This workers' compensation appeal has been referred to the Special Workers' Compensation Appeals Panel of the Supreme Court in accordance with Tennessee Code Annotated section 5-6-225 (e)(3) for hearing and reporting of findings of fact and conclusions of law. In this appeal, the employer, Plumley Rubber Company and the insurance carrier, Liberty Mutual, contend the trial court erred in granting judgment for medical expenses to the employee after they had been paid by the employee's health plan. The panel agrees and reverses the judgment of the trial court. It was stipulated that the employee's total medical expenses totaled $22,278.55. It was further stipulated that the Plaintiff had paid prior to trial $669.29 in out-of-pocket medical expenses. Her remaining medical expenses were paid by Plumley through its group health care plan. The insurance company paid the remainder. The parties further stipulated that Plumley's group health insurance plan did not contain a specific set-off clause for workers' compensation benefits. Plumley is self-insured for group health benefits. This panel holds that under T.C.A. _ 5-6-24 that the employer is responsible for payment of medical expenses and that the employee is not entitled to a judgment against the employer for medical bills which have already been paid. This panel holds that this case is controlled by Bituminous Casualty Corp. v. Smith, 288 S.W.2d, 913, 916 (Tenn. 1956). The judgment of the trial court is reversed and remanded for appropriate action under this decision. The costs are taxed to the Plaintiff/Appellee.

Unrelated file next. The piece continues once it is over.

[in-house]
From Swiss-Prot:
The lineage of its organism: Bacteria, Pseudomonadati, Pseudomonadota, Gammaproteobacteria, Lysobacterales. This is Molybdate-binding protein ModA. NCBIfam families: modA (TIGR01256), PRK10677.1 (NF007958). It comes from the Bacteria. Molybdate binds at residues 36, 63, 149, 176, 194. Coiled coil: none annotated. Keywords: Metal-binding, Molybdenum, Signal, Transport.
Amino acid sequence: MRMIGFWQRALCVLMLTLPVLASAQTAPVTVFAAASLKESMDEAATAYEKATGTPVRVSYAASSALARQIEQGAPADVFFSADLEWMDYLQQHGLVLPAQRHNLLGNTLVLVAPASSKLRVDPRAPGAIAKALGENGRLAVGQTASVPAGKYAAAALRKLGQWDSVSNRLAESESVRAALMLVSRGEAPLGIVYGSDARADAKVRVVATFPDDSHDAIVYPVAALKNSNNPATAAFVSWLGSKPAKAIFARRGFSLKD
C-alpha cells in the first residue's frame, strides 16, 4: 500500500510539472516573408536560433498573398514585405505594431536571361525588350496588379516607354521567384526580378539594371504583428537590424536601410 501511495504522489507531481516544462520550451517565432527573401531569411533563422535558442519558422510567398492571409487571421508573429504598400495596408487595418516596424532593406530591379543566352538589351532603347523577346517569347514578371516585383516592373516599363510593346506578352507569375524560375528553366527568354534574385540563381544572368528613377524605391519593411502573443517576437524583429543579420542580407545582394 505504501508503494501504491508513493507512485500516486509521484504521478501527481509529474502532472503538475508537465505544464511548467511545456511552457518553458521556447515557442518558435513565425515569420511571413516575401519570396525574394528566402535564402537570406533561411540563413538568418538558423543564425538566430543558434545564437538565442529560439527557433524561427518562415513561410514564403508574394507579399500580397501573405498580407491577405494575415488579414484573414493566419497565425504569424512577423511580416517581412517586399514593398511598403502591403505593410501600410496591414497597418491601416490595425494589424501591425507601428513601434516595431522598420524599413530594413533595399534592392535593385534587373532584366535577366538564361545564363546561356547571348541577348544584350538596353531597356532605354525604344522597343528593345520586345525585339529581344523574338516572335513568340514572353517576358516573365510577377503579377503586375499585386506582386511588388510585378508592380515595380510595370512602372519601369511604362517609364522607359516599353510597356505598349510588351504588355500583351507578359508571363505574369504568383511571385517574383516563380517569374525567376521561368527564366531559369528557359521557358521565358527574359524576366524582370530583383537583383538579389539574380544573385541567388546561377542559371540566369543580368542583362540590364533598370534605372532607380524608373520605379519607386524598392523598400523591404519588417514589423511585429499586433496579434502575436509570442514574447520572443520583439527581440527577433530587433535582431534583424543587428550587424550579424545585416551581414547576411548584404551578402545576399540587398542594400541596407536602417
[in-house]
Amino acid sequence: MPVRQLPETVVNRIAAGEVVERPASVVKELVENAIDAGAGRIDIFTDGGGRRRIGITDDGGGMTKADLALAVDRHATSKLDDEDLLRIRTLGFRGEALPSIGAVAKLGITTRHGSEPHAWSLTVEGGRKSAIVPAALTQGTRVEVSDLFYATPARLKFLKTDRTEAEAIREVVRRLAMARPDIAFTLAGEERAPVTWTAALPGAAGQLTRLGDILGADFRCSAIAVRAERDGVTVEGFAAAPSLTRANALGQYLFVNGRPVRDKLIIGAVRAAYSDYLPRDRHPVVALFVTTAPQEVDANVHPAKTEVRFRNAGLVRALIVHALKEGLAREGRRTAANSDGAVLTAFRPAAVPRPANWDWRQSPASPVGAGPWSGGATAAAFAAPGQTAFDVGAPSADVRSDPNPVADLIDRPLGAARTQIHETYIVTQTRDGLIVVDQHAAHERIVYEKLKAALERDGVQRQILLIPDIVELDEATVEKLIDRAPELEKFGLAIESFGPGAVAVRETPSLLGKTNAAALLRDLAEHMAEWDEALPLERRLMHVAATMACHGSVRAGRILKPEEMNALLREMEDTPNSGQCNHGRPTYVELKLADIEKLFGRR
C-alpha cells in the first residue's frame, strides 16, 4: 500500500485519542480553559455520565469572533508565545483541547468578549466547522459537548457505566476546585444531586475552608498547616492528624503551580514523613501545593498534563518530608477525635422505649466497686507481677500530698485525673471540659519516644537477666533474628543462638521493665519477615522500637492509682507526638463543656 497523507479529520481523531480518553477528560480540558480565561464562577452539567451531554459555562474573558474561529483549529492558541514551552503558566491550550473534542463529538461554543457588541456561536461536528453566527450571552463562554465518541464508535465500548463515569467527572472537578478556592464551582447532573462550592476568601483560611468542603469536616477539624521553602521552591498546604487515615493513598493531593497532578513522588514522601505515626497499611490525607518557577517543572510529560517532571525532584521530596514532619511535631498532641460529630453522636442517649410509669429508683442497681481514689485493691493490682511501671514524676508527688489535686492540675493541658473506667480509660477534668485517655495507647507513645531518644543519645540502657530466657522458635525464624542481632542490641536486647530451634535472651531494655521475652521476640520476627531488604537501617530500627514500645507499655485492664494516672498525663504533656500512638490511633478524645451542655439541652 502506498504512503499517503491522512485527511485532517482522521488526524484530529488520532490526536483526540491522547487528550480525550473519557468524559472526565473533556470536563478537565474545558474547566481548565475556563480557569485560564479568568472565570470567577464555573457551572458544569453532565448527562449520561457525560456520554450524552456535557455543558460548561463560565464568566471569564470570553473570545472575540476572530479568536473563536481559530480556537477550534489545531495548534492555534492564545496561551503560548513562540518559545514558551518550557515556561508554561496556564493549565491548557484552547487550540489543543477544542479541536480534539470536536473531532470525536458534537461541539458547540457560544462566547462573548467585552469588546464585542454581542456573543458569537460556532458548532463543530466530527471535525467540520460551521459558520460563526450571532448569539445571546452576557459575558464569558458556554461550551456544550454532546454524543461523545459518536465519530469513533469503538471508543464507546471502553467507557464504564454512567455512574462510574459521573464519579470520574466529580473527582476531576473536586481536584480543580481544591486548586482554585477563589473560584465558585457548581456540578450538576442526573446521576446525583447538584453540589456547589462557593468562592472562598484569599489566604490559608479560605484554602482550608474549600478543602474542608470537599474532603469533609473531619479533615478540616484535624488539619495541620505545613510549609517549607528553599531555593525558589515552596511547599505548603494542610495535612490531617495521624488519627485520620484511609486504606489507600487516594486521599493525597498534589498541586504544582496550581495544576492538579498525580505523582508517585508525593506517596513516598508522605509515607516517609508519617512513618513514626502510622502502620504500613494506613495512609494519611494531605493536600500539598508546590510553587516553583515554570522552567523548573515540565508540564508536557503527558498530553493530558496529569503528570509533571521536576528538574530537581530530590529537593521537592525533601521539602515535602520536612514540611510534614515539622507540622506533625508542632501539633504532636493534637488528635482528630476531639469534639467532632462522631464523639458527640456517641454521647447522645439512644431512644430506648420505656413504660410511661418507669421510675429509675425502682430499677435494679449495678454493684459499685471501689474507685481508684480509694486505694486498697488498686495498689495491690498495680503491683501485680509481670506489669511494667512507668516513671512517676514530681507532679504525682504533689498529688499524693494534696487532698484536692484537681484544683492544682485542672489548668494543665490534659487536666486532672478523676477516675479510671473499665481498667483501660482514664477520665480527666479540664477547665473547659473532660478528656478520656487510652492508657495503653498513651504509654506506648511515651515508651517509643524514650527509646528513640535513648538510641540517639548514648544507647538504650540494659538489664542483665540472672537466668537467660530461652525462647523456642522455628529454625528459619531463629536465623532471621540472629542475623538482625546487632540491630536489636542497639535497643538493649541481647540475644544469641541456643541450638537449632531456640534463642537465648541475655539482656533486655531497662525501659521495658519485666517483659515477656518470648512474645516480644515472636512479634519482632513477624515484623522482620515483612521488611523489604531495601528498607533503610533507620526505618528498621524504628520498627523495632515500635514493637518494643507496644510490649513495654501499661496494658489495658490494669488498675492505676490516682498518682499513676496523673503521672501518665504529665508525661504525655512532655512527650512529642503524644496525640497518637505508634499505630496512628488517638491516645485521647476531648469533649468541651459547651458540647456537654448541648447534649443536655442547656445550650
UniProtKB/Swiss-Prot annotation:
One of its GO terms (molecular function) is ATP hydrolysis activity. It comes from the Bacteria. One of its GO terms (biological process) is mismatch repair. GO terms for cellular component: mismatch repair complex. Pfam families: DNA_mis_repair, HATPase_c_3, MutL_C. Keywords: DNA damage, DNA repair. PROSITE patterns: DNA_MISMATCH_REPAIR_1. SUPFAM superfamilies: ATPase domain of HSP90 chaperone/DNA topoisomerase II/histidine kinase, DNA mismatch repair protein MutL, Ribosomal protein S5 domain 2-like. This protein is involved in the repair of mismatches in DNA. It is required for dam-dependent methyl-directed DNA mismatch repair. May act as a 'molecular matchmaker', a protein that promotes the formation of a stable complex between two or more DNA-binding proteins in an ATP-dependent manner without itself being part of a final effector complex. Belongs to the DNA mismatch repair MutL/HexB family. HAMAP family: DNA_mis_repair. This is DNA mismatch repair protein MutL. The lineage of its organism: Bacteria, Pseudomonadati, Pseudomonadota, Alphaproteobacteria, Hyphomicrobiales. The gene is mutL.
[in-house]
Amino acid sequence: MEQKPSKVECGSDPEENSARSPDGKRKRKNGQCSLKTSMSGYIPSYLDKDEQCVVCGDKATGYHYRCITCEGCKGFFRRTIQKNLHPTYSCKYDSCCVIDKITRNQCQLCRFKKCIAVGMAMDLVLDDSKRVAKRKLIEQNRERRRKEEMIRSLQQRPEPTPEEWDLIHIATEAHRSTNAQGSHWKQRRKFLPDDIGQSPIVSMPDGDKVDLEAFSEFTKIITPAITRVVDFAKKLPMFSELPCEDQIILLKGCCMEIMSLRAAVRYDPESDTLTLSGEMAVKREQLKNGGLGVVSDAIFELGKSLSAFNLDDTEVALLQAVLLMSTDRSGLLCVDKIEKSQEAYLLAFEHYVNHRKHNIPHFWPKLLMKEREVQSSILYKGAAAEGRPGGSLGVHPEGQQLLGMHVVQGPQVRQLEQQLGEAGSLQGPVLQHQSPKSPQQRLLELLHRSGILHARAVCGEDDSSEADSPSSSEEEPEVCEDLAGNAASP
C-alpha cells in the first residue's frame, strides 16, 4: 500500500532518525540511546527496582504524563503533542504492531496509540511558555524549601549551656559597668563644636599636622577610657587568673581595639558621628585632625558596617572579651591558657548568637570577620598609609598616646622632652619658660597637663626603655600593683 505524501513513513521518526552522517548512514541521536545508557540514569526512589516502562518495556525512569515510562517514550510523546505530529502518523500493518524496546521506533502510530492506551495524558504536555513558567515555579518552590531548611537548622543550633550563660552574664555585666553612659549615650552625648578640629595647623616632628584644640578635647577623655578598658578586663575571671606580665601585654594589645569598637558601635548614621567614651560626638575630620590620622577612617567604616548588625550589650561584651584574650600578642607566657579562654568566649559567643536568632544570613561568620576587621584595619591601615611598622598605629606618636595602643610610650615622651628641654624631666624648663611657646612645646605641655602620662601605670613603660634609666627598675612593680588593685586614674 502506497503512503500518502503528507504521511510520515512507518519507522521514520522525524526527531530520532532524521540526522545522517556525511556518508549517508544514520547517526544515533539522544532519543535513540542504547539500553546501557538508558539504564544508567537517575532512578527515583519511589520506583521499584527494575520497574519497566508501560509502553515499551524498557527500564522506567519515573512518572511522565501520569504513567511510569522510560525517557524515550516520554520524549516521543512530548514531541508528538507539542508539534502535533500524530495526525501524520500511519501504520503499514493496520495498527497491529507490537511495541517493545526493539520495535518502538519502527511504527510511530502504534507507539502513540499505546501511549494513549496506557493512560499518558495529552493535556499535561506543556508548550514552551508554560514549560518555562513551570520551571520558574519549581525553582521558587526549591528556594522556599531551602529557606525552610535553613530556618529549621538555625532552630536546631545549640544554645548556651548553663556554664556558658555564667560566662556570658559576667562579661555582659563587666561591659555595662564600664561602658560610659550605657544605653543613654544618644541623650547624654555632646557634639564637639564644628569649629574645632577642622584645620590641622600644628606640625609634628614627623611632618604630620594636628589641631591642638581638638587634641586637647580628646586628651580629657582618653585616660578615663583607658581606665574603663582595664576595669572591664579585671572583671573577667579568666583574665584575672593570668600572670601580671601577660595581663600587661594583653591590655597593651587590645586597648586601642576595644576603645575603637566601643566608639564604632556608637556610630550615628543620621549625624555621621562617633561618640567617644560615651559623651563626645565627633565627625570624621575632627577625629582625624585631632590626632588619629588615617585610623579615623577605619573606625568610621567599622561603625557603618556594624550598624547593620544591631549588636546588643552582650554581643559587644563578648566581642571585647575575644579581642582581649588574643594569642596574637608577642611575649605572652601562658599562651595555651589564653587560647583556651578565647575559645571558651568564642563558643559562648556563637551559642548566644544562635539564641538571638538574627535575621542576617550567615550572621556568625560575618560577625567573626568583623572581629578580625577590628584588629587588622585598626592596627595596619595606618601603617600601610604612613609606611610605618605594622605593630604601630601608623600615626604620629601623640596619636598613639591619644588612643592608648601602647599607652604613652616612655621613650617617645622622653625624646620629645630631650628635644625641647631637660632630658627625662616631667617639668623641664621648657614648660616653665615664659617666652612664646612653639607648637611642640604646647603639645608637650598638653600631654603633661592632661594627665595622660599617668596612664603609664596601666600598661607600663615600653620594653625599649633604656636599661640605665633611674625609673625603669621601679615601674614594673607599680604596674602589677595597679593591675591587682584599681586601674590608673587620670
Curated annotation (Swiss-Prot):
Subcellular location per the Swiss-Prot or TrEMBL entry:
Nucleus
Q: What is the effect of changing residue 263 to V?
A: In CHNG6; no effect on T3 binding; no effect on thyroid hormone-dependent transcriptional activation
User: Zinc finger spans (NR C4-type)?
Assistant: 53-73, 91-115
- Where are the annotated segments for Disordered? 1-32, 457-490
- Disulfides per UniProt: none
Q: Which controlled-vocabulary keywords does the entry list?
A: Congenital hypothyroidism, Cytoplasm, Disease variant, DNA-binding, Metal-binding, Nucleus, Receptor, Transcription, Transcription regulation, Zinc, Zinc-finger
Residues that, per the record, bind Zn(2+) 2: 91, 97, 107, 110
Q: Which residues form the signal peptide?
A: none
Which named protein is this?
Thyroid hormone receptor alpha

Henry County Workers Compensation Panel 10/01/96
Gregory Leverett v. State of Tennessee
03C01-9511-CR-00362
Authoring Judge: Paul G. Summers
Trial Court Judge: Hon. Douglas A. Meyer, Judge
The appellant, Gregory Leverett, pled guilty to rape. He was sentenced to twelve years incarceration. He petitioned for post-conviction relief. The petition was dismissed as untimely. He now appeals that dismissal. We respectfully reverse and remand for an evidentiary hearing.
Knox County Workers Compensation Panel 09/30/96
Gary W. Hardin v. Great Rivers Employment Aptitude and Technical Service, Inc., et al
02S01-9603-CH-00028
Authoring Judge: Special Judge Billy Joe White
Trial Court Judge: Hon. Joe E. Morris,